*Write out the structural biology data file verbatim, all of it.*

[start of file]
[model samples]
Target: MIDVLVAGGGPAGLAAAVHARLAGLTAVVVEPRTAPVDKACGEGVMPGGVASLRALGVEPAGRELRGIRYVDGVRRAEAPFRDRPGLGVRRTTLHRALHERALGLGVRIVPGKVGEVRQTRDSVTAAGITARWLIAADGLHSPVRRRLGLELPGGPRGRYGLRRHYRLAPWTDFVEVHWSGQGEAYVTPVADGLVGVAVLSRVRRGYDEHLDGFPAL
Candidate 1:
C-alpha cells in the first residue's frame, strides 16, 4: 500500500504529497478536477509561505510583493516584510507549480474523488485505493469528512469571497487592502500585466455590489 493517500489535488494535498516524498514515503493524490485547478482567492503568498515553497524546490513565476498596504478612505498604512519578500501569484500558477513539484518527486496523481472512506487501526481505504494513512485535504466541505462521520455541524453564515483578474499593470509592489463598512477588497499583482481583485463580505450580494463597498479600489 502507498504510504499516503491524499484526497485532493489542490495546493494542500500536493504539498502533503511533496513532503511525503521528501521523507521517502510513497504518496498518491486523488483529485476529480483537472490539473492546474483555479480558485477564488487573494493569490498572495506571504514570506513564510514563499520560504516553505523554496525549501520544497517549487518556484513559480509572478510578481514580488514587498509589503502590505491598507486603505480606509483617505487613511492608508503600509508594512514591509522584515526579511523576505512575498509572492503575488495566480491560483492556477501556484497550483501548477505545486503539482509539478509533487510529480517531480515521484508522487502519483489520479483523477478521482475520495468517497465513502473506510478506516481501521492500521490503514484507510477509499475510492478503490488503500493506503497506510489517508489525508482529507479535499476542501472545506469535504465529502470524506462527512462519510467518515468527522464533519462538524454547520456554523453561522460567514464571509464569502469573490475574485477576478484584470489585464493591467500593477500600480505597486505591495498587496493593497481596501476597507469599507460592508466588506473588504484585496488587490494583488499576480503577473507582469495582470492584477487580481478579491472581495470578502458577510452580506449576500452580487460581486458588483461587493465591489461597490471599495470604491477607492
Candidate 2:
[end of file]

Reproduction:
[model samples]
Target: MIDVLVAGGGPAGLAAAVHARLAGLTAVVVEPRTAPVDKACGEGVMPGGVASLRALGVEPAGRELRGIRYVDGVRRAEAPFRDRPGLGVRRTTLHRALHERALGLGVRIVPGKVGEVRQTRDSVTAAGITARWLIAADGLHSPVRRRLGLELPGGPRGRYGLRRHYRLAPWTDFVEVHWSGQGEAYVTPVADGLVGVAVLSRVRRGYDEHLDGFPAL
Candidate 1:
C-alpha cells in the first residue's frame, strides 16, 4: 500500500504529497478536477509561505510583493516584510507549480474523488485505493469528512469571497487592502500585466455590489 493517500489535488494535498516524498514515503493524490485547478482567492503568498515553497524546490513565476498596504478612505498604512519578500501569484500558477513539484518527486496523481472512506487501526481505504494513512485535504466541505462521520455541524453564515483578474499593470509592489463598512477588497499583482481583485463580505450580494463597498479600489 502507498504510504499516503491524499484526497485532493489542490495546493494542500500536493504539498502533503511533496513532503511525503521528501521523507521517502510513497504518496498518491486523488483529485476529480483537472490539473492546474483555479480558485477564488487573494493569490498572495506571504514570506513564510514563499520560504516553505523554496525549501520544497517549487518556484513559480509572478510578481514580488514587498509589503502590505491598507486603505480606509483617505487613511492608508503600509508594512514591509522584515526579511523576505512575498509572492503575488495566480491560483492556477501556484497550483501548477505545486503539482509539478509533487510529480517531480515521484508522487502519483489520479483523477478521482475520495468517497465513502473506510478506516481501521492500521490503514484507510477509499475510492478503490488503500493506503497506510489517508489525508482529507479535499476542501472545506469535504465529502470524506462527512462519510467518515468527522464533519462538524454547520456554523453561522460567514464571509464569502469573490475574485477576478484584470489585464493591467500593477500600480505597486505591495498587496493593497481596501476597507469599507460592508466588506473588504484585496488587490494583488499576480503577473507582469495582470492584477487580481478579491472581495470578502458577510452580506449576500452580487460581486458588483461587493465591489461597490471599495470604491477607492
Candidate 2: